|Wimbledon 2018 on the BBC|
|Venue: All England Club, Wimbledon Dates: 2-15 July|
|Coverage: Watch live on BBC TV, BBC iPlayer, BBC Red Button, Connected TVs and the BBC Sport website and app; Live Radio 5 live and 5 live sports extra commentary; Text commentary online.|
Serena Williams battled blustery conditions to reach the Wimbledon second round with a 7-5 6-3 victory over Dutchwoman Arantxa Rus.
Seven-time champion Williams, the 25th seed after having a baby in September, did not have it all her own way against the left-hander's formidable forehand.
After winning the first set when Rus sent a forehand long, she had to fight back from a break down in the second.
Williams faces Bulgarian qualifier Viktoriya Tomova next.
The 36-year-old American, tipped for another title in a wide open women's draw, was not happy with her performance in what is her second Grand Slam tournament since her return to the WTA Tour.
She needed six match points before finally sealing the victory when world number 105 Rus netted a backhand.
Some things never change… but others do
A straight-set win in the first round at Wimbledon is nothing new for Williams, but in playing her first match here since 2016 she said she was still finding her bearings on grass.
Now addressed by the umpire as "Mrs Williams" and ranked 181 in the world, the rustiness in her game showed when she left the crowd laughing as she tried and failed to pat the ball off the ground and on to her racquet before a serve.
In gusty conditions on Court One, where the players' towels blew off the chair, fans held on to their hats and serve tosses were repeated, Williams made 29 unforced errors.
"I wasn't quite used to that level of wind," she said. "Looking back I'm glad I had that wind as in the future I will be able to play a bit better.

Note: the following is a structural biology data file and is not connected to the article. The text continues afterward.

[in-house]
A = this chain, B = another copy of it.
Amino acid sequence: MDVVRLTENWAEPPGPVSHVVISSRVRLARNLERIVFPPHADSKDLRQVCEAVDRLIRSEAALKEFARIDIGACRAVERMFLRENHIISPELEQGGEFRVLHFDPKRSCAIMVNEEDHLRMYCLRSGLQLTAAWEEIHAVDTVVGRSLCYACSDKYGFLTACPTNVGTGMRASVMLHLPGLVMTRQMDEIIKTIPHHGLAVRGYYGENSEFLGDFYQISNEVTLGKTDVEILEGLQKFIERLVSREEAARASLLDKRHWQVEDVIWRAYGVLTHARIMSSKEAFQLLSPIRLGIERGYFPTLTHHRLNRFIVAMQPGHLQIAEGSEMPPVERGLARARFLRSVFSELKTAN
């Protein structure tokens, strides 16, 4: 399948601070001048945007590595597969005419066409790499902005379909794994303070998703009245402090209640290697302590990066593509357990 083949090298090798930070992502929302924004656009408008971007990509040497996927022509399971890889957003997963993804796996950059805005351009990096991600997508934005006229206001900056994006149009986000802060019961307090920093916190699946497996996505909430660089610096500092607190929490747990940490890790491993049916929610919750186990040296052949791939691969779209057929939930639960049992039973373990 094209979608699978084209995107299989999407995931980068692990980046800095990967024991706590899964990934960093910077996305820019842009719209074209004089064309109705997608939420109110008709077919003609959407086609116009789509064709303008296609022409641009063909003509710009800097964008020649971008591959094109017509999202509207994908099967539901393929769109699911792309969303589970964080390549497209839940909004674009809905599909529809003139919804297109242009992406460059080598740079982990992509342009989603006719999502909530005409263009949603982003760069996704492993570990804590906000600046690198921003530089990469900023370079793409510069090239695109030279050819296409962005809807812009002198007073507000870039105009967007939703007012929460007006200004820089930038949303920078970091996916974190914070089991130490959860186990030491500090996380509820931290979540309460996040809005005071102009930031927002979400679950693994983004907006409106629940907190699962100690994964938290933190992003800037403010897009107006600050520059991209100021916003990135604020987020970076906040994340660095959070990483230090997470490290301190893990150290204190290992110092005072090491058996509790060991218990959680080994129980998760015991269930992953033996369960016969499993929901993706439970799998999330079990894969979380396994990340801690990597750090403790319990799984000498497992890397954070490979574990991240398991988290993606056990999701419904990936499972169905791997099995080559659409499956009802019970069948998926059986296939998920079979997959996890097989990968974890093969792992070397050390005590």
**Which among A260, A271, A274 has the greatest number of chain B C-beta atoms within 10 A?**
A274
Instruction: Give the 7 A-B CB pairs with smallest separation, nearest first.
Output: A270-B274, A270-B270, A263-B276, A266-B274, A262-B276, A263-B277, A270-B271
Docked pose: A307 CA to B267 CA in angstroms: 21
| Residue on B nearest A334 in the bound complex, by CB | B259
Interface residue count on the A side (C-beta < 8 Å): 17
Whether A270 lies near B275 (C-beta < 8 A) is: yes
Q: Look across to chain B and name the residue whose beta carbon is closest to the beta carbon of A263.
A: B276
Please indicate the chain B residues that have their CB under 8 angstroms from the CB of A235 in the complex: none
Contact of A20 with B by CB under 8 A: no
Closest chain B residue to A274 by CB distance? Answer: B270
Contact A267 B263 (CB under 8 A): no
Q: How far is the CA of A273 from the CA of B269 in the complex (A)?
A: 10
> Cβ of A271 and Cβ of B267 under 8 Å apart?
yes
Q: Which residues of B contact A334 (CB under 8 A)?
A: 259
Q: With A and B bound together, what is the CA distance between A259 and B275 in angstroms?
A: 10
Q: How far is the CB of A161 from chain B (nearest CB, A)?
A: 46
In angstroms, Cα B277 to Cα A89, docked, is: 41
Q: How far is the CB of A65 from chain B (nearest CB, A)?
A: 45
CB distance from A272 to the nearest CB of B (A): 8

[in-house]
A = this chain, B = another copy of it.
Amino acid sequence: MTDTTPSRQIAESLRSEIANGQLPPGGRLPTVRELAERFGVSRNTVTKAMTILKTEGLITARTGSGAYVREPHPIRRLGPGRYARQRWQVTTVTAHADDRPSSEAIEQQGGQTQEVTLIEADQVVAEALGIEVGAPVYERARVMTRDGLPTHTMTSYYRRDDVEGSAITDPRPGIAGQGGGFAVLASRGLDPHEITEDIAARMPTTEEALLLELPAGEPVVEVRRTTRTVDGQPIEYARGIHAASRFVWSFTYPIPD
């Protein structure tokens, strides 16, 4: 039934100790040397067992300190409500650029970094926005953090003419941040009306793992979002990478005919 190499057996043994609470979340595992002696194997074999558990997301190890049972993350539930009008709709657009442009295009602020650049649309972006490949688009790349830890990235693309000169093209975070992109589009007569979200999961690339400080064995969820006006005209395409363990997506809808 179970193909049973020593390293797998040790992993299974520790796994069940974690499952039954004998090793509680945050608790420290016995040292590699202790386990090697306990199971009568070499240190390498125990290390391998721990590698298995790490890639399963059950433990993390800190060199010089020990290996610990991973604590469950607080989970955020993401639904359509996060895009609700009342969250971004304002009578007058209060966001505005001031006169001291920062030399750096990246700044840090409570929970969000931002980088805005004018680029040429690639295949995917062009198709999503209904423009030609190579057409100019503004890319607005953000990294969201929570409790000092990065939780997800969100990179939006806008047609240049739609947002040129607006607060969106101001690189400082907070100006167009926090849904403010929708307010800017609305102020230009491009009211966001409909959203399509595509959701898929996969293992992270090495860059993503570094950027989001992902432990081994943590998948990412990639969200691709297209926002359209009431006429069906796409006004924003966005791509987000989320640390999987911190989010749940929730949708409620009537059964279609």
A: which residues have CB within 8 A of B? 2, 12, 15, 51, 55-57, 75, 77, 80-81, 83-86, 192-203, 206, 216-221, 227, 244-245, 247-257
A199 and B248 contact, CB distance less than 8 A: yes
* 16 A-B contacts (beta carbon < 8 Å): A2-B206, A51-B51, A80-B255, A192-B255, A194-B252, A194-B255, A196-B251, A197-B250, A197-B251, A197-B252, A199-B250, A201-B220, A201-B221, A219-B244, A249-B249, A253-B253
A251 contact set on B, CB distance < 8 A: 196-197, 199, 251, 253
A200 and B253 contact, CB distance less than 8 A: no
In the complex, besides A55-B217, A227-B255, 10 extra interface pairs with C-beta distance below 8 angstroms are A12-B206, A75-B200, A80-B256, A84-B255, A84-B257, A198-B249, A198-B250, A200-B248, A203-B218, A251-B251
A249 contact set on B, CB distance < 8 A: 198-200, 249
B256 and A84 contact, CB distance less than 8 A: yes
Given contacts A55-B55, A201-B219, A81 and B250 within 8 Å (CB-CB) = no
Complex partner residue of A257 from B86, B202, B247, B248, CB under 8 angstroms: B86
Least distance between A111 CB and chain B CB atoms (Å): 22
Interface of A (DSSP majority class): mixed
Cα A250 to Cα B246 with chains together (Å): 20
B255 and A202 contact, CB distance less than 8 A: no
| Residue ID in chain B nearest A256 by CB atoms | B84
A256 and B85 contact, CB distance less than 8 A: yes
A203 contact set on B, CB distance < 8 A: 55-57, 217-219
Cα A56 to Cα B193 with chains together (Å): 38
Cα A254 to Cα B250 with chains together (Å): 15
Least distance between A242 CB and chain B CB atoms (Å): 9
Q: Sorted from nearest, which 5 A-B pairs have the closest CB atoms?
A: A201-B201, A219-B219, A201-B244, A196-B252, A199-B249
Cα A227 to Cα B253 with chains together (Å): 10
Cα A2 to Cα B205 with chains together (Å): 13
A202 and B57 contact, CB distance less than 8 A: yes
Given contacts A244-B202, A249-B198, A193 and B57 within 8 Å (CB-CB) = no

"I'm happy to get through that, I didn't play my best but I will get there."
Where was the catsuit?
When Williams returned to Grand Slam tennis at the French Open in May, she was sporting a black catsuit to help her deal with blood clots.
That was replaced at Wimbledon with a white long-sleeved dress and flesh-coloured compression tights, but what were still apparent were her powerful shots that took her to the Roland Garros fourth round before she was forced to pull out with an injury that affected her serve.
During the warm-up against Rus she repeatedly circled her serving arm but she managed five aces and showed no sign of it still bothering her.
"I took a lot of time off with serving. I just started serving when I got here," she said. "My serve is a little playing catch-up but doing better than I hoped."
A slip on the grass did not affect her game, but her errors did keep her on the court longer than necessary.
A noisy first set, where she roared when she hit winners made way for a quieter second set and when Rus' backhand mistake handed her victory there were no wild celebrations.
"I feel like I maybe was just overly anxious and overly, over-trying, overdoing it [earlier]," she said.
"But towards the end, I definitely was more calm, just making my shots, just playing a more serene game."
'Important conversation has started'
Williams has been seeded here despite her lowly ranking, which is in contrast to Victoria Azarenka last year after the Belarusian's return from maternity leave.
Former world number one and two-time Australian Open champion Azarenka, who beat Russian Ekaterina Alexandrova 7-6 (7-4) 6-3 to reach the Wimbledon second round on Monday, said that the fact she and Williams had been treated differently was leading to a healthy debate.
"I think it's an important conversation that has been started," the 28-year-old said.
"This conversation has led to numerous meetings, numerous occasions where we are discussing the rules and how can we be a leader in sports to have the best maternity policy.
"A couple of days ago we had a big meeting, and I feel like we are moving in a really good direction. I feel that our voices, as a player council, are heard. We do implement things that are going to be important for players.
"But my main thing is that it has to be for everyone, and the rules have to be applied for everyone. So that is one thing that we haven't come to the conclusion yet, but it's coming."